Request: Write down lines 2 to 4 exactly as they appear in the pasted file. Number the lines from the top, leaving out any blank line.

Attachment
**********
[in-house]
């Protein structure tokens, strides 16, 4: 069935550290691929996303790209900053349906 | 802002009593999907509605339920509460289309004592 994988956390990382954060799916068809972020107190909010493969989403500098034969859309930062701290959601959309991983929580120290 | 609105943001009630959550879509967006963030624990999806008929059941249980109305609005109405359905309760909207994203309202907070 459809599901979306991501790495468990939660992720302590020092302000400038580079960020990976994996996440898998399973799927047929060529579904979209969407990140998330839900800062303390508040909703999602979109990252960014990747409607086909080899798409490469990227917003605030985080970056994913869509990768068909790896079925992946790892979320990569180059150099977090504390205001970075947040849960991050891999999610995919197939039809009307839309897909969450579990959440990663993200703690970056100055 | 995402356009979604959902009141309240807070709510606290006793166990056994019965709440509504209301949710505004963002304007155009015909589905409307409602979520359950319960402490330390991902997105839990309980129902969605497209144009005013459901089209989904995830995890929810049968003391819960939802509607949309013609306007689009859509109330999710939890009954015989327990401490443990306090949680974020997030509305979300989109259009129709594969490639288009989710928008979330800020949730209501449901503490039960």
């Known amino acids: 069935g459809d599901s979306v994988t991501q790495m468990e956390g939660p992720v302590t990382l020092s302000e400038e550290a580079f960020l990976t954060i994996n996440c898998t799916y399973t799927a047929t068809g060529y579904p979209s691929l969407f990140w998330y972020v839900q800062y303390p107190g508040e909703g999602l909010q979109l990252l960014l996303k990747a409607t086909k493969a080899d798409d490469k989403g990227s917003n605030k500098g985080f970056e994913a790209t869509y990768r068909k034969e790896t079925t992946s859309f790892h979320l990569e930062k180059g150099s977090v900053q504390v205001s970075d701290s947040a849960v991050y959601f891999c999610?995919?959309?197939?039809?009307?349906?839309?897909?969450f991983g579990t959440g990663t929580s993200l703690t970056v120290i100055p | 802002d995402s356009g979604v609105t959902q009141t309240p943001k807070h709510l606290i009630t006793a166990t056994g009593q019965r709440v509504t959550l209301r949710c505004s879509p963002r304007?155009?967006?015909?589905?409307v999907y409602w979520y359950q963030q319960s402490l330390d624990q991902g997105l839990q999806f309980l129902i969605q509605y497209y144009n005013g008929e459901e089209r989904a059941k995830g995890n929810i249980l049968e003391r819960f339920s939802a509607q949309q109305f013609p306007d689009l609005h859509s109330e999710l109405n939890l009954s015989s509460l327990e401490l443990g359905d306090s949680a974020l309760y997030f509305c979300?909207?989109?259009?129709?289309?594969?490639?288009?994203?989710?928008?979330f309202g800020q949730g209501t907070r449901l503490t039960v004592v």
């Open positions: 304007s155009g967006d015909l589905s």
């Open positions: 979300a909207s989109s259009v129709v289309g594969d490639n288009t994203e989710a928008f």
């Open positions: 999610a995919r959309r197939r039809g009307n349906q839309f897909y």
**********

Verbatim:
């Protein structure tokens, strides 16, 4: 069935550290691929996303790209900053349906 | 802002009593999907509605339920509460289309004592 994988956390990382954060799916068809972020107190909010493969989403500098034969859309930062701290959601959309991983929580120290 | 609105943001009630959550879509967006963030624990999806008929059941249980109305609005109405359905309760909207994203309202907070 459809599901979306991501790495468990939660992720302590020092302000400038580079960020990976994996996440898998399973799927047929060529579904979209969407990140998330839900800062303390508040909703999602979109990252960014990747409607086909080899798409490469990227917003605030985080970056994913869509990768068909790896079925992946790892979320990569180059150099977090504390205001970075947040849960991050891999999610995919197939039809009307839309897909969450579990959440990663993200703690970056100055 | 995402356009979604959902009141309240807070709510606290006793166990056994019965709440509504209301949710505004963002304007155009015909589905409307409602979520359950319960402490330390991902997105839990309980129902969605497209144009005013459901089209989904995830995890929810049968003391819960939802509607949309013609306007689009859509109330999710939890009954015989327990401490443990306090949680974020997030509305979300989109259009129709594969490639288009989710928008979330800020949730209501449901503490039960």
């Known amino acids: 069935g459809d599901s979306v994988t991501q790495m468990e956390g939660p992720v302590t990382l020092s302000e400038e550290a580079f960020l990976t954060i994996n996440c898998t799916y399973t799927a047929t068809g060529y579904p979209s691929l969407f990140w998330y972020v839900q800062y303390p107190g508040e909703g999602l909010q979109l990252l960014l996303k990747a409607t086909k493969a080899d798409d490469k989403g990227s917003n605030k500098g985080f970056e994913a790209t869509y990768r068909k034969e790896t079925t992946s859309f790892h979320l990569e930062k180059g150099s977090v900053q504390v205001s970075d701290s947040a849960v991050y959601f891999c999610?995919?959309?197939?039809?009307?349906?839309?897909?969450f991983g579990t959440g990663t929580s993200l703690t970056v120290i100055p | 802002d995402s356009g979604v609105t959902q009141t309240p943001k807070h709510l606290i009630t006793a166990t056994g009593q019965r709440v509504t959550l209301r949710c505004s879509p963002r304007?155009?967006?015909?589905?409307v999907y409602w979520y359950q963030q319960s402490l330390d624990q991902g997105l839990q999806f309980l129902i969605q509605y497209y144009n005013g008929e459901e089209r989904a059941k995830g995890n929810i249980l049968e003391r819960f339920s939802a509607q949309q109305f013609p306007d689009l609005h859509s109330e999710l109405n939890l009954s015989s509460l327990e401490l443990g359905d306090s949680a974020l309760y997030f509305c979300?909207?989109?259009?129709?289309?594969?490639?288009?994203?989710?928008?979330f309202g800020q949730g209501t907070r449901l503490t039960v004592v």
């Open positions: 304007s155009g967006d015909l589905s």